Teen Vampire Love

BLOOD LEGACY: COVENANTS by Marva Mitchell This book begins prosaically enough, with heroine Jade meeting an interesting guy, Lance, at the carnival. Their mutual friends, Lilly and Brian, are also smitten at first sight. But after a gypsy fortuneteller sees their future, the menace grows. Lance's friend, Brian, is secretly a member of the Order of the Guardians, a group of vampire hunters. Their enemies are the Drakkus, a group of vampires bent on turning Lance into one of them because of his ancestry. When all of this is made known to Jade, Lilly, and Lance, feelings are hurt and the friends go their separate ways—to disaster. When Jade's best friend is apparently killed and her mother k

The Aventurieri Series Continues

SHADOW PLAYERS Book Two of the Second Species series by Tony-Paul de Vissage Marek Strigoi is back from Hell and he's out for revenge! Well, kinda. In Part two of a nine-part series, Marek has certainly escaped from a kind of vampire hell. In this Hell, furies would bite off his dick, then let it grow back, only to bite it off again. OK, that's amusing. But in this book, just like the last book in this series, Marek is complacent about his revenge. After finding himself in Paris in 1968, Marek spends a full half of the book just getting familiarized with the 20th Century. Only then does he meet his family again. There are several humorous bits with Marek experiencing technology shock a

A British Mystery

THE JOURNAL OF HARRY SOMERVILLE by Haydn Jones This book starts a little slow, but within a few brief chapters a twenty-year old mystery is revealed. It will take another ten years to solve it. There's a dark mystery in the English countryside and a young transient named Luke must search through the past and the present to uncover the man who wronged both him as well as his only friend. The book consists of numerous short chapters and it hops to and from different time periods. But this is intended, and adds to the mystery. Luke and the other characters are sympathetic and likable and you care what happens to them. About three-quarters of the way in, the mystery seems to solve itself rath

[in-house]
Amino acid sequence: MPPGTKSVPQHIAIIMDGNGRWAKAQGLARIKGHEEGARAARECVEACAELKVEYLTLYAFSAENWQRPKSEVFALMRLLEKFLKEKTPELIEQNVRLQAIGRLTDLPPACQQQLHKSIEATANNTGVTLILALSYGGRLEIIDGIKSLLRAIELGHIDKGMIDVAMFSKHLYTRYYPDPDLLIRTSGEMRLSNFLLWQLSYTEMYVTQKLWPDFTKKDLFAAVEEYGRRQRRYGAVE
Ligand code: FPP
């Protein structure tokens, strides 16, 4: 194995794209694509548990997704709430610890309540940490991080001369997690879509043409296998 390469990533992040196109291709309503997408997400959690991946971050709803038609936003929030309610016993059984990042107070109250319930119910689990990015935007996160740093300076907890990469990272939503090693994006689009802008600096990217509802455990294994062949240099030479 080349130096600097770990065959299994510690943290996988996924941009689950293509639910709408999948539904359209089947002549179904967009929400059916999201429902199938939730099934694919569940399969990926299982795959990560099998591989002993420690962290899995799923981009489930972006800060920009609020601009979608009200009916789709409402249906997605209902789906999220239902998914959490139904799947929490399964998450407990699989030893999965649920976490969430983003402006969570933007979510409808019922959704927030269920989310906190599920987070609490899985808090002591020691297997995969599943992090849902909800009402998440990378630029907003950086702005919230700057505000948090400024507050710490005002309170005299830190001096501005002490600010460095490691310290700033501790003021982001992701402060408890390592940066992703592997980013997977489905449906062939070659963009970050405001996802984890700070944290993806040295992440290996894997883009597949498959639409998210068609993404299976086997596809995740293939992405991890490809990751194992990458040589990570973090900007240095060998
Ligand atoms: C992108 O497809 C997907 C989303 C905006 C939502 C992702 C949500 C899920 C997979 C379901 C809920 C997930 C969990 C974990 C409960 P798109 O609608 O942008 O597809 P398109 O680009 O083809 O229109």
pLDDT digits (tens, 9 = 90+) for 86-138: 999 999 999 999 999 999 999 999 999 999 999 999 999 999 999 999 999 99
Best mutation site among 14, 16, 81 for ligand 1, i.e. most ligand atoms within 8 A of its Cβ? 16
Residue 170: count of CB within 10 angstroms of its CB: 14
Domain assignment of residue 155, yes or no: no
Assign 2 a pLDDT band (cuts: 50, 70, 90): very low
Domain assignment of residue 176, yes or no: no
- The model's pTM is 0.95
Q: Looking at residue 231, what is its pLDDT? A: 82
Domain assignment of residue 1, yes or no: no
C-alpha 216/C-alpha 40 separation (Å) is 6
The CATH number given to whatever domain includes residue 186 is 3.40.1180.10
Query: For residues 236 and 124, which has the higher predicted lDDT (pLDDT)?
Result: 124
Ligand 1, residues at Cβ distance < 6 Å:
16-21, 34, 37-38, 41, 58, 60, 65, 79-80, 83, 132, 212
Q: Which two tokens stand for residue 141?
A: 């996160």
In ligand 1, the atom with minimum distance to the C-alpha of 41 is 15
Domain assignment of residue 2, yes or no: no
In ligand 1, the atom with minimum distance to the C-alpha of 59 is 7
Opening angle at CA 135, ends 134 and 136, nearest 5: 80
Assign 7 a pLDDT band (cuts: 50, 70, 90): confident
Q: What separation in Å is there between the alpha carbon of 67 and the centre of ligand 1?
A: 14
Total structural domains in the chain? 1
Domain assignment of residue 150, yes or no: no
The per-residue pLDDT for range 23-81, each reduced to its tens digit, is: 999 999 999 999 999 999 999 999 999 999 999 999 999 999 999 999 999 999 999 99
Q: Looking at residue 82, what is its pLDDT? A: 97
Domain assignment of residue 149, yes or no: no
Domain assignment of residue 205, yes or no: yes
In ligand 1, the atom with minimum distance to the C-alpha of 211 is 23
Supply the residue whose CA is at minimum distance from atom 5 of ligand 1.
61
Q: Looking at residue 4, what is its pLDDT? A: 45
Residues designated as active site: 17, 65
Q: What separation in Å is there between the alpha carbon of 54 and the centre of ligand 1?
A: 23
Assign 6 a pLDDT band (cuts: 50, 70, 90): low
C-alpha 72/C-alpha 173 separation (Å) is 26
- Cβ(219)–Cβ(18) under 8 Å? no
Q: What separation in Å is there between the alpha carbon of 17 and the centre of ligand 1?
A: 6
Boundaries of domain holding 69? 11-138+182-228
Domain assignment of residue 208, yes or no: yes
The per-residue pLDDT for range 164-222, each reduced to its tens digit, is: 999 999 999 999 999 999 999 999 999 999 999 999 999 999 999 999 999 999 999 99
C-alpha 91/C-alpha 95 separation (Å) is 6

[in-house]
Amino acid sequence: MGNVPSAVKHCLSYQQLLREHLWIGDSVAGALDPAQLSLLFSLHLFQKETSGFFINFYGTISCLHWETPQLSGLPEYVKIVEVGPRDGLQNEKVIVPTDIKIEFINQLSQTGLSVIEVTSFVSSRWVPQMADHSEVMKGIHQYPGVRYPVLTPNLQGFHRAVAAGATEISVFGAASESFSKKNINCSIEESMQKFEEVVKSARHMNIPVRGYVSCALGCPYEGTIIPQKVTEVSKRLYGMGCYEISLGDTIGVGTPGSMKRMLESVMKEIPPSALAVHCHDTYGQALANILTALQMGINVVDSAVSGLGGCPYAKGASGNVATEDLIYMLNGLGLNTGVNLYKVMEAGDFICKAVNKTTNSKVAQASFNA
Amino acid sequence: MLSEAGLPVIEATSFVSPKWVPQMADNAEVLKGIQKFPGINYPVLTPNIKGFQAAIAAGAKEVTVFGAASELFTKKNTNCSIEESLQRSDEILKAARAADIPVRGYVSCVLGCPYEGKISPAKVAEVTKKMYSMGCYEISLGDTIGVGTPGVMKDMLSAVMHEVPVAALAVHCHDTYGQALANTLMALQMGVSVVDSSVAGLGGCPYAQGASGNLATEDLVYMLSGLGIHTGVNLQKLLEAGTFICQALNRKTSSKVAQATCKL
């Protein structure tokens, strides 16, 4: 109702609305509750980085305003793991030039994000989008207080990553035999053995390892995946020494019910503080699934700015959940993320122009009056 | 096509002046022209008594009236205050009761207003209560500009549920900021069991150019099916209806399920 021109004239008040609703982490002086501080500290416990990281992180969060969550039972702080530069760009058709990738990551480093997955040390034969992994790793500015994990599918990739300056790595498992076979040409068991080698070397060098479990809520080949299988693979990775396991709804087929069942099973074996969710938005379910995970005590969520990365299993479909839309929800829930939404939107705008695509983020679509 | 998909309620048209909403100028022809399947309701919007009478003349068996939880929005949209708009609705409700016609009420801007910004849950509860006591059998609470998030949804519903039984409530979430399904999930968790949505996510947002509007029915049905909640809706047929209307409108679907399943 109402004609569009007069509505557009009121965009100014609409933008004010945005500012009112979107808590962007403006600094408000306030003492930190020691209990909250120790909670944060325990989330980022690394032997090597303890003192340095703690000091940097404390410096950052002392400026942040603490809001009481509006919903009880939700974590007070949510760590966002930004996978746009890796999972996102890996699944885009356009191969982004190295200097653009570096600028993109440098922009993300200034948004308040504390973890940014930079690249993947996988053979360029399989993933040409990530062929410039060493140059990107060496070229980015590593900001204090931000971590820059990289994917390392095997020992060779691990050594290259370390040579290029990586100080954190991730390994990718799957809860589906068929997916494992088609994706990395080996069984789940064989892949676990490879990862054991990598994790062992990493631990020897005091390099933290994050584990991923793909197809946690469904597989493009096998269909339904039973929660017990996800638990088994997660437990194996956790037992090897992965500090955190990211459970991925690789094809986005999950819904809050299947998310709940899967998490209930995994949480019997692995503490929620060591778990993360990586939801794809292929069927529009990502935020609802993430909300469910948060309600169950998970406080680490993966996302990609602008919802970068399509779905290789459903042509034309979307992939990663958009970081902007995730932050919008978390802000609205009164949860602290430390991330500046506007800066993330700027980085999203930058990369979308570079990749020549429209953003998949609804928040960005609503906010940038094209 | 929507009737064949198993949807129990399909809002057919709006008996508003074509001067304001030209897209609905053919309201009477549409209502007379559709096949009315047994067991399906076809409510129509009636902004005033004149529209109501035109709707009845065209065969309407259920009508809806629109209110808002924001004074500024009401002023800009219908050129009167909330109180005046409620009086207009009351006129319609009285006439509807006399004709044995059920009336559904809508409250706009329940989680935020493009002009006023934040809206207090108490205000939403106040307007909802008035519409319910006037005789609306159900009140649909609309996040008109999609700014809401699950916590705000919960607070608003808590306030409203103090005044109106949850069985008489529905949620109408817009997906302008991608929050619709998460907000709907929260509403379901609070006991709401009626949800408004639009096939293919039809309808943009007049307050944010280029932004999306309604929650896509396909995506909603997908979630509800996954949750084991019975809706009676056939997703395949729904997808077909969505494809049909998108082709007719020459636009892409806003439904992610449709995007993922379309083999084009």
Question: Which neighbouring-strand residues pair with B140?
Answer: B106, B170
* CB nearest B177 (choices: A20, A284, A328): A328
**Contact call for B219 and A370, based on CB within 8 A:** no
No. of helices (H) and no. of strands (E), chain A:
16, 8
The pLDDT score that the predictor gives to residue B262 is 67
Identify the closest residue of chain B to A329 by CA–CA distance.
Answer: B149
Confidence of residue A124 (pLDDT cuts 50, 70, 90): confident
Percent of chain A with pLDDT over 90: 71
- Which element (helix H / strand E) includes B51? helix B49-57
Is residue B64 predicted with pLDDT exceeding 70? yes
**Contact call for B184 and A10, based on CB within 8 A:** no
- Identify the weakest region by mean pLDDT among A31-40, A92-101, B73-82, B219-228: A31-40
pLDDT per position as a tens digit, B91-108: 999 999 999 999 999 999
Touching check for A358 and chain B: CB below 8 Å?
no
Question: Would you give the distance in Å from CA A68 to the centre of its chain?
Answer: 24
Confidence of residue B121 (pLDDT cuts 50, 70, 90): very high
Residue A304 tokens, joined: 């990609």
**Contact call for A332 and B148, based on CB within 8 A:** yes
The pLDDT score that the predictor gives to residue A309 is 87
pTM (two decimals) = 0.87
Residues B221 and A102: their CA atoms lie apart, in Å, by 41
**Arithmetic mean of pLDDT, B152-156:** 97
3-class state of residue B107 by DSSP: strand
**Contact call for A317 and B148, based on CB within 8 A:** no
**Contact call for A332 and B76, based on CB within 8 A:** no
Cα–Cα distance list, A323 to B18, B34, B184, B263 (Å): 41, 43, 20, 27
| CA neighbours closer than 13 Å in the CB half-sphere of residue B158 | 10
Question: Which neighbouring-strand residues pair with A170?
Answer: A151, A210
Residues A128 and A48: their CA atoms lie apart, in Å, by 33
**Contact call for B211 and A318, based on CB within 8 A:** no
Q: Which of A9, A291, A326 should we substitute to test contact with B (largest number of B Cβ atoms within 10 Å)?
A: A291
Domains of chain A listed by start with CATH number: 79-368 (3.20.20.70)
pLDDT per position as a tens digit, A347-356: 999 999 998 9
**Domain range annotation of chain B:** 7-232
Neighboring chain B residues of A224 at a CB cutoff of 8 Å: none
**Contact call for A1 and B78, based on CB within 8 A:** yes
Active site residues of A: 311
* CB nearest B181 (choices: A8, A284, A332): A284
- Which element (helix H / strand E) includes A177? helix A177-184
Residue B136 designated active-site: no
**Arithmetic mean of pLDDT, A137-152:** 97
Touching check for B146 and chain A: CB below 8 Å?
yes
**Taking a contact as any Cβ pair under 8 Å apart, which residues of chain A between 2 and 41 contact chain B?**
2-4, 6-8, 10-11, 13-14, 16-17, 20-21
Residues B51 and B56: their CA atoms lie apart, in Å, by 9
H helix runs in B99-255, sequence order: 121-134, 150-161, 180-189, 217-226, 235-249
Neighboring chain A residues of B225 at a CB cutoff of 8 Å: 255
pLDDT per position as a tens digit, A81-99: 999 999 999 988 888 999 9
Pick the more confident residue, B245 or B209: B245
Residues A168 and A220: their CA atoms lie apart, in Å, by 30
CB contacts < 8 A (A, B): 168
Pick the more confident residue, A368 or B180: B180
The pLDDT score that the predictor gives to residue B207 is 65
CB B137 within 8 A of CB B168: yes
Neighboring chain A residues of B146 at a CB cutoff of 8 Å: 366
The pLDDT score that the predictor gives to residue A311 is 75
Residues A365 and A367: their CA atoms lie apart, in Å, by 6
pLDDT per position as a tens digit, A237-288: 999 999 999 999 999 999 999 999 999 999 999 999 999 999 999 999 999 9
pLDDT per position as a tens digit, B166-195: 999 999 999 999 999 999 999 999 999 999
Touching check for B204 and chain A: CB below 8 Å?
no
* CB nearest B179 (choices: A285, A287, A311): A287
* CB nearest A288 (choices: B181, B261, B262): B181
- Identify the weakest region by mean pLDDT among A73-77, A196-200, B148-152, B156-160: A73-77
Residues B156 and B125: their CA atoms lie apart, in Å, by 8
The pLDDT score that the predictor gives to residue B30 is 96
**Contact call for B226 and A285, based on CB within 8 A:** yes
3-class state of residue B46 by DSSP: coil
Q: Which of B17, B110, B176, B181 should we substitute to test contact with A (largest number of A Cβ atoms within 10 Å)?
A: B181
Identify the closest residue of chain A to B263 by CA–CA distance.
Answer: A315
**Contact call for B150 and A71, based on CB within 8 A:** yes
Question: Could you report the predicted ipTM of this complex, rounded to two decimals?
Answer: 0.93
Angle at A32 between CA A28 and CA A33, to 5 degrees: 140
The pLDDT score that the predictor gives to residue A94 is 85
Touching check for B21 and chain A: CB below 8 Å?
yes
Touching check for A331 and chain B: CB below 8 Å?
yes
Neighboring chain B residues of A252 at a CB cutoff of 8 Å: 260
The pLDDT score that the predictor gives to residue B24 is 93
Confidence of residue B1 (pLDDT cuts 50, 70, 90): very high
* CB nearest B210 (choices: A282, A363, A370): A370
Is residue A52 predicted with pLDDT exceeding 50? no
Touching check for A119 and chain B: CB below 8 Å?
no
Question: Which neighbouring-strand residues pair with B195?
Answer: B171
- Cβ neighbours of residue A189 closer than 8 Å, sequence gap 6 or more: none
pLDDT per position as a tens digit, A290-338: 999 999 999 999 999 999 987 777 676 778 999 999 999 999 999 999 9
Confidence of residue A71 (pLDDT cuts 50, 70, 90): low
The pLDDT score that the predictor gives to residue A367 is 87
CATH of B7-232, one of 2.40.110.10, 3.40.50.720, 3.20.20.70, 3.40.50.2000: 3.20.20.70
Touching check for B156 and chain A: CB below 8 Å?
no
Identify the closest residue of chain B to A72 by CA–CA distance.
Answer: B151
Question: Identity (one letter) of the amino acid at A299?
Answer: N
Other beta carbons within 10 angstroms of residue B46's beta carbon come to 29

African Curses

UNHALLOWED GRAVES by Nuzo Onoh I think I've found a small treasure. In “Unhallowed Graves”, author Onoh takes us to a new world, but this is not a work of science-fiction. Rather it is a world hidden from Western eyes; an ancient world ruled by witchcraft and superstition, by ghosts and curses. It is the 'dark continent' of Africa. In just the first few pages of the first story, “The Unclean”, the reader is transported into West Africa, 1953, a world few people today, especially women, would want to visit. It is a world where all women are subservient to all men, even little boys, and can be married off to the highest bidder without a say in the matter. It is a world of poverty and hard

The Best Book of the 2000s

StartFragment THE AMAZING ADVENTURES OF KAVALIER & CLAY (2001) by Michael Chabon I read this book some years ago and loved it. But then, I was a comic book artist and writer for years and I can relate to the characters, their creativity, their battles, and all the factors this book touches on. I'm also a WWII buff, so that was a plus. A hint of Lovecraft didn't hurt either. First and foremost, though, I am a fan of horror. And while K&C is not a horror story, it does give us the Golem of Prague and a unique interpretation of the legend. We are left with a mystery at the end, concerning the final fate of the Golem. Actually, the ending is the one thing I do not like about this book. The

Tales of the Dead

ROTTEN BODIES by Steven Jenkins Watch out, it's lumbering your way; another collection of short horrors from Steve Jenkins. His last anthology, "Spine", covered the gamut of horror. This new book focuses on just one kind: zombies. Now zombies are not my favorite monsters. If they're supposed to be mindless, there's not a great deal you can do with the monster itself. Still, clever writers can use the subject. For instance, the TV show The Walking Dead has zombies but the stories are really about the human survivors. Jenkins gets his zombie book off to a great start. At only a few pages, it's hard to describe "I Am Dead" without giving away much, but it has a zombie lamenting his fate—and a k

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